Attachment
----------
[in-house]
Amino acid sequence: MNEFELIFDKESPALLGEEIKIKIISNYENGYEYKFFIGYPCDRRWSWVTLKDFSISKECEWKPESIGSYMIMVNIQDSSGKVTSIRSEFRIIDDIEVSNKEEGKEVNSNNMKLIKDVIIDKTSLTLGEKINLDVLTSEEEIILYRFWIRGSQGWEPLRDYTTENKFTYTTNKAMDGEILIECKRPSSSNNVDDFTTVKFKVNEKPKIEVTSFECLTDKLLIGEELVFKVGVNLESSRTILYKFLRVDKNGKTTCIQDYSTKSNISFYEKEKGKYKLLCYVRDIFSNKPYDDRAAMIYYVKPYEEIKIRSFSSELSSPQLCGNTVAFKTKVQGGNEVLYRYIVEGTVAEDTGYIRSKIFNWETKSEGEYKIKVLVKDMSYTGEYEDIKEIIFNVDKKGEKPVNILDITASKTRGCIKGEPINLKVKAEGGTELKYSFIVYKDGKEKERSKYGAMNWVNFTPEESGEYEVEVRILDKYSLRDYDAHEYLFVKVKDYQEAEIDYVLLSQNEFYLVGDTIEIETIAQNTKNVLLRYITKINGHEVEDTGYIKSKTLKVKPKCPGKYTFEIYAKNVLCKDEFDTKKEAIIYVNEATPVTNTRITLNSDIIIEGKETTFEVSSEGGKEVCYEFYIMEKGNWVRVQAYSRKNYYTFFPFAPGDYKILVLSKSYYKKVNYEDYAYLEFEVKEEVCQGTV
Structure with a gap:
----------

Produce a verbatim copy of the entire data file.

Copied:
[in-house]
Amino acid sequence: MNEFELIFDKESPALLGEEIKIKIISNYENGYEYKFFIGYPCDRRWSWVTLKDFSISKECEWKPESIGSYMIMVNIQDSSGKVTSIRSEFRIIDDIEVSNKEEGKEVNSNNMKLIKDVIIDKTSLTLGEKINLDVLTSEEEIILYRFWIRGSQGWEPLRDYTTENKFTYTTNKAMDGEILIECKRPSSSNNVDDFTTVKFKVNEKPKIEVTSFECLTDKLLIGEELVFKVGVNLESSRTILYKFLRVDKNGKTTCIQDYSTKSNISFYEKEKGKYKLLCYVRDIFSNKPYDDRAAMIYYVKPYEEIKIRSFSSELSSPQLCGNTVAFKTKVQGGNEVLYRYIVEGTVAEDTGYIRSKIFNWETKSEGEYKIKVLVKDMSYTGEYEDIKEIIFNVDKKGEKPVNILDITASKTRGCIKGEPINLKVKAEGGTELKYSFIVYKDGKEKERSKYGAMNWVNFTPEESGEYEVEVRILDKYSLRDYDAHEYLFVKVKDYQEAEIDYVLLSQNEFYLVGDTIEIETIAQNTKNVLLRYITKINGHEVEDTGYIKSKTLKVKPKCPGKYTFEIYAKNVLCKDEFDTKKEAIIYVNEATPVTNTRITLNSDIIIEGKETTFEVSSEGGKEVCYEFYIMEKGNWVRVQAYSRKNYYTFFPFAPGDYKILVLSKSYYKKVNYEDYAYLEFEVKEEVCQGTV
Structure with a gap: